Tight Interbank Liquidity Tests China's DelicateDance Between Bank Discipline And Stability
China's interbank liquidity appears to have dried up abruptly. The weighted average of the overnight borrowing rateamong the country's banks soared to 13.8% on June 20, a jump of 610 basis points (bps) from a day earlier or 1,050 bps from a month ago. The rate eased to 9.0% on June 21 but still remains high. Standard & Poor's Ratings Services believes that the spike in costs mainly stems from the central bank's policy stance of curbing some Chinese banks'excessive expansion through wealth management business, and the associated dependence on interbank borrowing forliquidity. Indeed, the People's Bank of China (PBOC) has not intervened to alleviate interbank borrowing rate pressure,as it has done in the past.Despite the short-term volatility in liquidity, the Chinese economy and banking sector continue to have excessiveliquidity. The rapid rise in interbank borrowing rates is likely to be temporary as China's banks will gradually adapt tothe new setting by adjusting their asset portfolios. Furthermore, we believe the PBOC will find a balance betweendisciplining interbank activities and safeguarding financial stability. But such a well-meaning approach, thoughmoderate, could have unintended consequences in the longer term on China's slowing economy, particularly on banks'asset quality and profitability.
We expect the recent liquidity tightness in China's interbank market to persist toward the end of June 2013,and gradually ease afterward, assuming the central bank continues to play a passive role.
In our view, the PBOC has avoided intervening in the interbank market because the central bank intends tocontain aggressive growth of WMPs as an alternative channel for banks to increase credit disbursal.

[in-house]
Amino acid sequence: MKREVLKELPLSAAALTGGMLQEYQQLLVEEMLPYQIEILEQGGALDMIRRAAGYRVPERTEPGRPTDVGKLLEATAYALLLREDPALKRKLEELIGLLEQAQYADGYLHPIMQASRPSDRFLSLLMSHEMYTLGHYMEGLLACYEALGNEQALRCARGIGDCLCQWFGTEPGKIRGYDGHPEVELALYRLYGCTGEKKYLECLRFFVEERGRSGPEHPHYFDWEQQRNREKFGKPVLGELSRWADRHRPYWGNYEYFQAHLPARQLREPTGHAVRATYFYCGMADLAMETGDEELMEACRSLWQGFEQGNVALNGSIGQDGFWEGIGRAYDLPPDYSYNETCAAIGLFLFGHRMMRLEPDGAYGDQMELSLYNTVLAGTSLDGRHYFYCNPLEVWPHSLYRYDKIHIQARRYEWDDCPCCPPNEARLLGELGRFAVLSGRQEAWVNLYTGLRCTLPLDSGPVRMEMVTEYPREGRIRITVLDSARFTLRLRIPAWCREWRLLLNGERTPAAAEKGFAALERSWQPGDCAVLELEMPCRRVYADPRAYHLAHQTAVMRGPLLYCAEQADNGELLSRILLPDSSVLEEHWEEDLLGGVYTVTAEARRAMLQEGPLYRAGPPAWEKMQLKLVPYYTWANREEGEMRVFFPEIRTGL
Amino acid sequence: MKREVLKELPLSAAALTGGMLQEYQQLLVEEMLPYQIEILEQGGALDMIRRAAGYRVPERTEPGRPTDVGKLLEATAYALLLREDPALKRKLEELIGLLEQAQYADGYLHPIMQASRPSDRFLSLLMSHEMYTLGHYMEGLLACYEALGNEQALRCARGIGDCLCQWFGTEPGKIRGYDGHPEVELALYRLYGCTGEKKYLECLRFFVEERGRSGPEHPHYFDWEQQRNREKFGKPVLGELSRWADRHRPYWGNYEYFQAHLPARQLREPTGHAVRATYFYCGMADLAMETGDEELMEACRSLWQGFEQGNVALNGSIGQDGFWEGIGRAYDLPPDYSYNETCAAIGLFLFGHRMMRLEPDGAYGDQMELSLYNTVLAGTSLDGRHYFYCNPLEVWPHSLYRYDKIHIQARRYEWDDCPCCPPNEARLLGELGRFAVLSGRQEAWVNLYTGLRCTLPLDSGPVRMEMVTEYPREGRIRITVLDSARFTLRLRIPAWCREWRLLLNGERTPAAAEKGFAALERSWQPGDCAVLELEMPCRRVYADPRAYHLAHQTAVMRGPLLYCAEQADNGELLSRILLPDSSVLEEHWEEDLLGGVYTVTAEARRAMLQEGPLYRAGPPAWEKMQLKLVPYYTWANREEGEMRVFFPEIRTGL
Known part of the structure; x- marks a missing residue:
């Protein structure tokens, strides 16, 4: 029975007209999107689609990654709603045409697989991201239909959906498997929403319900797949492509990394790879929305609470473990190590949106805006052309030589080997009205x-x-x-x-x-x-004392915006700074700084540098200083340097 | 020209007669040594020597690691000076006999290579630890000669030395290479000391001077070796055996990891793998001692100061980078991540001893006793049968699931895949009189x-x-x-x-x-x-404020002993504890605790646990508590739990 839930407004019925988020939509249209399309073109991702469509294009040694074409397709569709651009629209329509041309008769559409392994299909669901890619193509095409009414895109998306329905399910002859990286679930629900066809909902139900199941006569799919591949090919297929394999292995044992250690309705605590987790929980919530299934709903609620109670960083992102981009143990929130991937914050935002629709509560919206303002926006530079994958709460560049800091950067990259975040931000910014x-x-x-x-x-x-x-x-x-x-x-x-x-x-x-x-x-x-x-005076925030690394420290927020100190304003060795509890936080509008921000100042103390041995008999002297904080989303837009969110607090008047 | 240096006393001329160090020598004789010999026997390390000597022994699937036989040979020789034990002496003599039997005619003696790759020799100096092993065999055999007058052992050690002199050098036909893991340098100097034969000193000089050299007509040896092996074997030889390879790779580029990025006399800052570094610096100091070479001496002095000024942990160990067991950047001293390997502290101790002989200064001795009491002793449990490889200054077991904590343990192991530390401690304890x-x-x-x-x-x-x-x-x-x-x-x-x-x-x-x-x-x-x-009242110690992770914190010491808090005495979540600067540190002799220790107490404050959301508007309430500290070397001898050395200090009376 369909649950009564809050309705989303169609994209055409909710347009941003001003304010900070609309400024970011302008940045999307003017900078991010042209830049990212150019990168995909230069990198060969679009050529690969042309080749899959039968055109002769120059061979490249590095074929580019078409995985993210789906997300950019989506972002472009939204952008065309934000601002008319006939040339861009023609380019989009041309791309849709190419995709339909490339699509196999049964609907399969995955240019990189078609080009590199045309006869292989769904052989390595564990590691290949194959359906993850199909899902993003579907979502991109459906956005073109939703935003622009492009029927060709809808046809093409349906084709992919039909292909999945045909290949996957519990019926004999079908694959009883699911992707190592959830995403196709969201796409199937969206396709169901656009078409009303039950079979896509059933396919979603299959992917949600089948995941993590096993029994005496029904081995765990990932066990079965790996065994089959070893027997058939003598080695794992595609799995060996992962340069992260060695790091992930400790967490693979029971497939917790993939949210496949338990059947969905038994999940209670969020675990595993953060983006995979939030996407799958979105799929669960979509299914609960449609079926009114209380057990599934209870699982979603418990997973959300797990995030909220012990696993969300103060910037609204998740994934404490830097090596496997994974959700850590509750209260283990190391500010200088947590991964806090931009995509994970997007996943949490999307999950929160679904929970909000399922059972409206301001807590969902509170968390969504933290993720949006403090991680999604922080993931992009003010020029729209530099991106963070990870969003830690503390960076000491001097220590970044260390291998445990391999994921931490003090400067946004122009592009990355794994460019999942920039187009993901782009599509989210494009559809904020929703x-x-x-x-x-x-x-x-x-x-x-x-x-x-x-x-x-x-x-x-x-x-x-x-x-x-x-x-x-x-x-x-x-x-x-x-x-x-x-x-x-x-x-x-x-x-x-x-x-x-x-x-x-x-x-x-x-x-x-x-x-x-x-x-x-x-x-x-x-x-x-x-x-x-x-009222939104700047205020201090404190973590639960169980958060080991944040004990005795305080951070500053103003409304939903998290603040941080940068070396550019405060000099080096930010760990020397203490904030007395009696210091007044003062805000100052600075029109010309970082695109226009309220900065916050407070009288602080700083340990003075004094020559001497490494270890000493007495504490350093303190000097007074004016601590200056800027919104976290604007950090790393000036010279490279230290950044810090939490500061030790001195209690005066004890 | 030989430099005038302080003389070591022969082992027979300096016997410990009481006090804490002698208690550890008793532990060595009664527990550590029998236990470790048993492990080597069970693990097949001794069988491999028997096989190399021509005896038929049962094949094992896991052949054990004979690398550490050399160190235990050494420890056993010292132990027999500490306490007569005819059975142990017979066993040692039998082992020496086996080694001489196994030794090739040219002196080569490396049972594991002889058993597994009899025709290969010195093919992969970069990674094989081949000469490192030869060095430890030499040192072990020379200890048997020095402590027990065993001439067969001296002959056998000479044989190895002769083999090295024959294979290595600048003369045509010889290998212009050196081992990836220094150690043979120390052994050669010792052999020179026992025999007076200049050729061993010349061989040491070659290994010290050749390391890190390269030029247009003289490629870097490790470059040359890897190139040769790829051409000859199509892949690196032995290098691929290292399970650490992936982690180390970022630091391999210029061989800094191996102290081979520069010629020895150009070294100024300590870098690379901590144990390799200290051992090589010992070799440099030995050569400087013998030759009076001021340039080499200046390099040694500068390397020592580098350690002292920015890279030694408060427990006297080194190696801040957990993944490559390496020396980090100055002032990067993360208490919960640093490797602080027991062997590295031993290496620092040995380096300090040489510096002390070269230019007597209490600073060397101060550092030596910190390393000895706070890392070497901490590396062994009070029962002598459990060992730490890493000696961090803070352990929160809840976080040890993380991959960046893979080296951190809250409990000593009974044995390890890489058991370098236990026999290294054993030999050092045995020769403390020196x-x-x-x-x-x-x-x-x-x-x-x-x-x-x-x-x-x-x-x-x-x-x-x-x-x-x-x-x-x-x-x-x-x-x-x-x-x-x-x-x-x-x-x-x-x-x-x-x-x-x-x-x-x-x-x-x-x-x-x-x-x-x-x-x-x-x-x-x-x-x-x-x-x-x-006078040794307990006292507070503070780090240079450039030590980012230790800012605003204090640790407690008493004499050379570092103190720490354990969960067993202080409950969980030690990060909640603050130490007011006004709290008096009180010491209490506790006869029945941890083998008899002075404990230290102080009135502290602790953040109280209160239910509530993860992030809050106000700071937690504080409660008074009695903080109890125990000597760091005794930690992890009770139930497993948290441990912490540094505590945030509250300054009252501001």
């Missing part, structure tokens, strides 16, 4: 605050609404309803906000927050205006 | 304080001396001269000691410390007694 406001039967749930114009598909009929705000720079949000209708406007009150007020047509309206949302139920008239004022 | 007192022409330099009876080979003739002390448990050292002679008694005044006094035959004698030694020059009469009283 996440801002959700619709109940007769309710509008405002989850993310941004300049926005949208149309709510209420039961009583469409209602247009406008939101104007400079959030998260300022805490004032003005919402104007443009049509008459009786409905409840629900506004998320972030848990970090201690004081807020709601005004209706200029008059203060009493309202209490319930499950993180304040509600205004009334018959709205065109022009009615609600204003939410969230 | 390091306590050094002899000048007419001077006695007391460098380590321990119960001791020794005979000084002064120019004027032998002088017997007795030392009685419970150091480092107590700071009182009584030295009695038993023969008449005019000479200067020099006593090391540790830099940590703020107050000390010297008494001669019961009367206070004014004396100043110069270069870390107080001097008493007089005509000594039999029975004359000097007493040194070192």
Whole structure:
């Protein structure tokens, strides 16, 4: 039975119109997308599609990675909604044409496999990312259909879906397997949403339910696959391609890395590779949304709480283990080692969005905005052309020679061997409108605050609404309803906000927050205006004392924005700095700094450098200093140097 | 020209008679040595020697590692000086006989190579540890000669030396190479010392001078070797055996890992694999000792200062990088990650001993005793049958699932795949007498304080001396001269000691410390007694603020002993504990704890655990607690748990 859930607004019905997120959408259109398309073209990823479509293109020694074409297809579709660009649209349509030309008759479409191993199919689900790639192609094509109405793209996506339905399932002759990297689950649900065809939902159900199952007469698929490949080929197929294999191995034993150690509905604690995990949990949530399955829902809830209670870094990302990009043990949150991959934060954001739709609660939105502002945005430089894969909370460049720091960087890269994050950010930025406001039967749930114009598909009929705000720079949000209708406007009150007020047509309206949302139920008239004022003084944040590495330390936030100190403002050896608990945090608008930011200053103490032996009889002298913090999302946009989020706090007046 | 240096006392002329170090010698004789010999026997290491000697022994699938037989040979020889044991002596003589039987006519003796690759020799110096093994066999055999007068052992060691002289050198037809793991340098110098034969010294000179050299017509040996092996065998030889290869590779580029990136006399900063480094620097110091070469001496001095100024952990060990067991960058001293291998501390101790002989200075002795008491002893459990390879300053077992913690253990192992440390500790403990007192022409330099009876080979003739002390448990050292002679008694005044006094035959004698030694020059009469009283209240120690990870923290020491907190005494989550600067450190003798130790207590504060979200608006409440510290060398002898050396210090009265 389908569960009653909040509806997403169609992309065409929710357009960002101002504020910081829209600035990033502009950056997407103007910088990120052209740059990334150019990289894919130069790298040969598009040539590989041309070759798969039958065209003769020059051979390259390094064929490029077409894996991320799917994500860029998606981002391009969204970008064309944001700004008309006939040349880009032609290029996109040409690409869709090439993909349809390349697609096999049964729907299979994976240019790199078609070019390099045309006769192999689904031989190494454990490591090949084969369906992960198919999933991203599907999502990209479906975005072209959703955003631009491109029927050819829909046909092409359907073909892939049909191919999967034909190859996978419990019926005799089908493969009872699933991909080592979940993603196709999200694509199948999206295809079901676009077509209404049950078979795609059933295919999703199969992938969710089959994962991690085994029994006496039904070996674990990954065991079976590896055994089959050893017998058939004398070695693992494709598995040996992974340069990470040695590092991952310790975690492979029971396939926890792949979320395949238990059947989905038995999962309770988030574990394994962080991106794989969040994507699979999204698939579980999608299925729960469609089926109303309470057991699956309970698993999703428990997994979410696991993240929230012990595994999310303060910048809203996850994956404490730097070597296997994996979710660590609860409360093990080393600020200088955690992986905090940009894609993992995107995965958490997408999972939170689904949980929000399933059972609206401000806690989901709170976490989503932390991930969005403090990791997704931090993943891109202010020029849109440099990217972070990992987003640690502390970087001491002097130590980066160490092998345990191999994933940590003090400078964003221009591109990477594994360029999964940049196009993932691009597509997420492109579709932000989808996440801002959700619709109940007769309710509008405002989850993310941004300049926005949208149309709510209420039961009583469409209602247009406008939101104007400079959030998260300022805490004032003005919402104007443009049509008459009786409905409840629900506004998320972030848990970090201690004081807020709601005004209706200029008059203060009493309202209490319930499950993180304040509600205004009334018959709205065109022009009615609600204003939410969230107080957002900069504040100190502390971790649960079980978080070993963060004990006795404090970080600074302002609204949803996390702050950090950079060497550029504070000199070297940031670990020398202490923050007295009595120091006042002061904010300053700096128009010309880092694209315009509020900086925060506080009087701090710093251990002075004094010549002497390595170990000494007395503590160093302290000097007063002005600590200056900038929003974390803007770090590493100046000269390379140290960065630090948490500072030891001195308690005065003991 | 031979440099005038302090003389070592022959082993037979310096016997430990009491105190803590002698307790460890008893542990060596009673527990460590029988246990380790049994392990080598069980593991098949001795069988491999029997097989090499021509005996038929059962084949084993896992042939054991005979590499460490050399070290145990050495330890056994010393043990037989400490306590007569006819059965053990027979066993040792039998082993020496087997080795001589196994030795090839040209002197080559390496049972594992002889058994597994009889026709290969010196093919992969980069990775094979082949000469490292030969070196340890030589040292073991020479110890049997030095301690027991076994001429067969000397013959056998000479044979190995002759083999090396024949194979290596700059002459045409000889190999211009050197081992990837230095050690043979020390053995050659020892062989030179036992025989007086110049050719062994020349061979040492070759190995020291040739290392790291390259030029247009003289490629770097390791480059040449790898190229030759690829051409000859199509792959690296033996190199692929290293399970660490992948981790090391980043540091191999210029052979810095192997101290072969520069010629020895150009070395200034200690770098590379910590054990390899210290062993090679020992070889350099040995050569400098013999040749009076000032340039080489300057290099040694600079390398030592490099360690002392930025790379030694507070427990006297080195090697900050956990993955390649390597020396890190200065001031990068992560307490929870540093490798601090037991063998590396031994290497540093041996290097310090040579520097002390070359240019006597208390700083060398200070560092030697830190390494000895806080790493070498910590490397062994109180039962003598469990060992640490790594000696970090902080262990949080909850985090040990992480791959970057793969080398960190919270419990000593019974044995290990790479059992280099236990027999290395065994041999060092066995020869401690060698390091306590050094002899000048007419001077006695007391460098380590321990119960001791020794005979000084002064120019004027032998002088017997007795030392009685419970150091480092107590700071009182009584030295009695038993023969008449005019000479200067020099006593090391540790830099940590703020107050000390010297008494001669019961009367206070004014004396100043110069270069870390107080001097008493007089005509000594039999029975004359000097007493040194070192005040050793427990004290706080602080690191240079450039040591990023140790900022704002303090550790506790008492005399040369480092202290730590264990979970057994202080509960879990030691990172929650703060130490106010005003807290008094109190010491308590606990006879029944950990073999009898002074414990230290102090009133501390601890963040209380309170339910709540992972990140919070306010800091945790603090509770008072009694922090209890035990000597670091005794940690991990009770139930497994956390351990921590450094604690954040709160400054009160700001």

We don't expect the currently tight interbank liquidity to significantly undermine Chinese banks as we expectthe borrowing rate to gradually ease.
Tightening Liquidity May Curb Rampant Growth Of Wealth ManagementProducts
The PBOC has been the main actor missing from the action in recent weeks. It has not injected liquidity to alleviate thepressure on the overnight interbank borrowing rate, which has surprised markets considering its past interventionistapproach. This inaction, in our view, is the key reason behind the recent tight interbank liquidity.Nevertheless, a confluence of multiple factors has also played out to tighten market liquidity. These include: (1) slowercapital inflow because of the Chinese government's crackdown on hot money since early May 2013 and a possiblereversal in capital flow since the U.S. Federal Reserve's recent indication to taper off quantitative easing; (2) growingpressure for statutory reserve placement as a high proportion of banks' wealth management products (WMPs) had been structured to mature toward the end of June; (3) periodic transfer of temporary fiscal deposits from commercial banks to the central bank; and (4) rising precautionary liquidity holdings of the whole sector amid PBOC's inaction and
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